To remain economically viable and meet employee expectations for health and safety, smart workplaces need to become even smarter and more responsive. Skyrocketing energy prices, COVID and climate change issues have sharpened the need for higher intelligence in office environments.
The good news: progress is already happening.
Connected sensors, for surveillance and measuring the environment, are IoT devices by definition. They have proliferated in new, smarter buildings and are retrofitted into older structures. This is not an IoT story about sensors and cameras, however. They are eyes and ears for the smarter office—important enablers to be sure, but they are not the brain. Higher building intelligence uses the data generated by sensors or collected through other means, but is really centered in analytics and AI used to process the data.
According to Gartner, IoT expenditures in smart buildings reached $53 billion in 2020 and are expected to reach $108 billion by 2030. Juniper Research predicts smart building deployments will grow by over 150% in the next four years, reaching $115 million in 2026 from $45 million in 2022. This reflects increasing demand for energy efficiency from businesses and residents alike as energy costs spike.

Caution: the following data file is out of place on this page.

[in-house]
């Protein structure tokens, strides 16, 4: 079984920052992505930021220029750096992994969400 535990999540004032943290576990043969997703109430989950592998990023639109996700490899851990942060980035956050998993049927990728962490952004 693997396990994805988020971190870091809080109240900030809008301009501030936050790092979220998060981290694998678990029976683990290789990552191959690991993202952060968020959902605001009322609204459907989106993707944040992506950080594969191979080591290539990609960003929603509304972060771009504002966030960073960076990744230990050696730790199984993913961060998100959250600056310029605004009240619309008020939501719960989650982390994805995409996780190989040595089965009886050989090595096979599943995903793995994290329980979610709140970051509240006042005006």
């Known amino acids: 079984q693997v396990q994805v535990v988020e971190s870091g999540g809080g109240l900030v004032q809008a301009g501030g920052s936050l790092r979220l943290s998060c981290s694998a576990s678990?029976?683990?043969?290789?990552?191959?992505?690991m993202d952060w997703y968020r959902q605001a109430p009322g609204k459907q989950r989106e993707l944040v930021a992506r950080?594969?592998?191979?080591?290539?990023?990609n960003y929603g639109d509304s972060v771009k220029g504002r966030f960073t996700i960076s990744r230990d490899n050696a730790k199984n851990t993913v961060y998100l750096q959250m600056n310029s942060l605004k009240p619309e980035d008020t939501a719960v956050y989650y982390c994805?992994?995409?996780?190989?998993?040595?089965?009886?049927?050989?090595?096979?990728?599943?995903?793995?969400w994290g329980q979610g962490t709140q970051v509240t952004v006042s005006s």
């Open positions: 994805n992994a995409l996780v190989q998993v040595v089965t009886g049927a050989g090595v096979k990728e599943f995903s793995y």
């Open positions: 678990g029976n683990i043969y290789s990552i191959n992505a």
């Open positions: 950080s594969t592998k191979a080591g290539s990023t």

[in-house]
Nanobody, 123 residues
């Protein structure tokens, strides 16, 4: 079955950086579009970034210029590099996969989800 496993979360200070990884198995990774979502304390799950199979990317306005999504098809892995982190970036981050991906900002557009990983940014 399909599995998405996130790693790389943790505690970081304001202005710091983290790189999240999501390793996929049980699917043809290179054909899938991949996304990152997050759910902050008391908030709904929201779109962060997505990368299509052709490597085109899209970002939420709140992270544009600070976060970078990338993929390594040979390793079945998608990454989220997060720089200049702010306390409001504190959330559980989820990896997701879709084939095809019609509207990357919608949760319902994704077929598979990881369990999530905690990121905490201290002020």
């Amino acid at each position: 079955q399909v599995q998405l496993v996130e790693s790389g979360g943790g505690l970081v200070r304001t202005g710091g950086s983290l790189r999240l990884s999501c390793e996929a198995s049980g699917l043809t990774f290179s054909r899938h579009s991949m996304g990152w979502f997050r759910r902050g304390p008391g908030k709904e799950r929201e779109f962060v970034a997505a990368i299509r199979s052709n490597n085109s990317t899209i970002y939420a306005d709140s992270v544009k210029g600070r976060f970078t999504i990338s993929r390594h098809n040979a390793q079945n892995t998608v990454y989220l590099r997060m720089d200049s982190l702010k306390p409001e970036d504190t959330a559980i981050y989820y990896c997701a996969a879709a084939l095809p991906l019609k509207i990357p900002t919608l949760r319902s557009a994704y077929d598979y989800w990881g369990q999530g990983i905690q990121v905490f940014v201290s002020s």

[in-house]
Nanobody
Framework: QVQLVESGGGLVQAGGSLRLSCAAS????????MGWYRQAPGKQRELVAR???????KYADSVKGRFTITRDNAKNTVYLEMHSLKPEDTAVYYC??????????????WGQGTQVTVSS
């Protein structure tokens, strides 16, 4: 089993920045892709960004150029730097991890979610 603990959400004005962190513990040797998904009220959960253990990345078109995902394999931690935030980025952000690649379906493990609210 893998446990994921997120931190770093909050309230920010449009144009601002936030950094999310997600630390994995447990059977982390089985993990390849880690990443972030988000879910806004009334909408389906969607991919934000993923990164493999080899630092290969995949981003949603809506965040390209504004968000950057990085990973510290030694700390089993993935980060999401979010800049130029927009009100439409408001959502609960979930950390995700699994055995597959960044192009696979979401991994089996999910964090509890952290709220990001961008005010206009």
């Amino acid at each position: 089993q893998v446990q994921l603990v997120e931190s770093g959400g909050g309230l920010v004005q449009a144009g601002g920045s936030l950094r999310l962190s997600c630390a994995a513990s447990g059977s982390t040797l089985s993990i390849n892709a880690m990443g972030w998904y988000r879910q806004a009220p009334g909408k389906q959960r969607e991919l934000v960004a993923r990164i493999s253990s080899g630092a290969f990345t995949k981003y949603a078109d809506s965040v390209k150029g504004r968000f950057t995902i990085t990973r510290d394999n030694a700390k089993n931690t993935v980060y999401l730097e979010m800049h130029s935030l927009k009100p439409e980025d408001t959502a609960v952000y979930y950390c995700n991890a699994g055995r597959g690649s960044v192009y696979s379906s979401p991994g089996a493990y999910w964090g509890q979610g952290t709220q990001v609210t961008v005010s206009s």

Your Building’s IQ: Why Employees Care
It’s easy to assume that with COVID fading, smart buildings and offices are all about energy conservation today. That’s not the entire picture, however. Post-COVID employees have enduring attitude changes about workplaces and work. Research by PWC and the London School of Business found that what people experience outside their work impacts how they approach their jobs. They want the same speed, intuition and customization at work that they get in their online entertainment, retail and mobile experiences. As it relates to smart buildings, think safety and (for want of a better word) comfort, which boosts productivity and loyalty.
Here are five steps to take that will help progress to the smarter office of the future.
1. Data for Smarter Offices: People are Sensors, Too